Original languageEnglish (US)
Pages (from-to)565-570
Number of pages6
JournalPharmacoepidemiology and Drug Safety
Volume21
Issue number6
DOIs
StatePublished - Jun 2012
Externally publishedYes

Fingerprint

United States Food and Drug Administration
Drug-Related Side Effects and Adverse Reactions
Electronic Health Records
Pharmacovigilance
Drug Labeling
Demography
Databases
Safety

Keywords

  • Data quality
  • Electronic health records
  • Postmarketing surveillance
  • Triggered adverse event reporting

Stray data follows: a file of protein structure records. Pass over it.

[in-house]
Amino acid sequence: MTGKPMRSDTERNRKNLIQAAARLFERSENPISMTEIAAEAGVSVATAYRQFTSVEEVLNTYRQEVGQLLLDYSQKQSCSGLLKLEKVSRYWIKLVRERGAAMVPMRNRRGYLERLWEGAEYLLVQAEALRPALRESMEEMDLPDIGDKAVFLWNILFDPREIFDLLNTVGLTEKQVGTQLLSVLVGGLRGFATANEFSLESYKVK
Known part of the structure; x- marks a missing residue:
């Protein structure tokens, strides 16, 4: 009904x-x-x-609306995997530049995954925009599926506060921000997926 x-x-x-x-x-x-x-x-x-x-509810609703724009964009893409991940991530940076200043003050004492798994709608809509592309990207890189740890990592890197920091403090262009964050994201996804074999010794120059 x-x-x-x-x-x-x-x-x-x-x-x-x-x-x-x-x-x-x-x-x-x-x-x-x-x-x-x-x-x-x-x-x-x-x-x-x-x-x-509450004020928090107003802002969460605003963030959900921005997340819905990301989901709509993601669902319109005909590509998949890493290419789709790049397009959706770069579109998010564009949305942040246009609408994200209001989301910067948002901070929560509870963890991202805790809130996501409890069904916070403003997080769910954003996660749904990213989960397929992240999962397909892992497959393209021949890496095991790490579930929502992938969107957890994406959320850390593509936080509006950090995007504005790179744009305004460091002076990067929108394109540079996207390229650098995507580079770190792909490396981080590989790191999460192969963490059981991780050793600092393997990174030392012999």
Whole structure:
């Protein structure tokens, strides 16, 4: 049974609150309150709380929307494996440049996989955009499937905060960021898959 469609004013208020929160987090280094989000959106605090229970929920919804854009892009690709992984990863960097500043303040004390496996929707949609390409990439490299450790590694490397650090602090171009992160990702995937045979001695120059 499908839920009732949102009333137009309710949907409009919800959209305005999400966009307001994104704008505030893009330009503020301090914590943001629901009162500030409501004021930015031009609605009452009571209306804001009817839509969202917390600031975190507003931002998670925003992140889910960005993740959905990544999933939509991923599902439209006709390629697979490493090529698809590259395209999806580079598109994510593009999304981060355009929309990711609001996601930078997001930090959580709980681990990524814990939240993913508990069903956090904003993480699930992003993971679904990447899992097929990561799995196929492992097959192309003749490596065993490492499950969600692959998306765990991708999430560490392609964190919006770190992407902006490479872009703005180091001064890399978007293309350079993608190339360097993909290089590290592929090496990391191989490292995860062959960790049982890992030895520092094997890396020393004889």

ASJC Scopus subject areas

  • Pharmacology (medical)
  • Epidemiology

Cite this

Quality assessment of spontaneous triggered adverse event reports received by the Food and Drug Administration. / Brajovic, Sonja; Piazza-Hepp, Toni; Swartz, Lynette; Dal Pan, Gerald.

In: Pharmacoepidemiology and Drug Safety, Vol. 21, No. 6, 06.2012, p. 565-570.

Research output: Contribution to journalArticle

Brajovic, Sonja ; Piazza-Hepp, Toni ; Swartz, Lynette ; Dal Pan, Gerald. / Quality assessment of spontaneous triggered adverse event reports received by the Food and Drug Administration. In: Pharmacoepidemiology and Drug Safety. 2012 ; Vol. 21, No. 6. pp. 565-570.
@article{c438e9e152f74466bca97937dff064f6,
title = "Quality assessment of spontaneous triggered adverse event reports received by the Food and Drug Administration",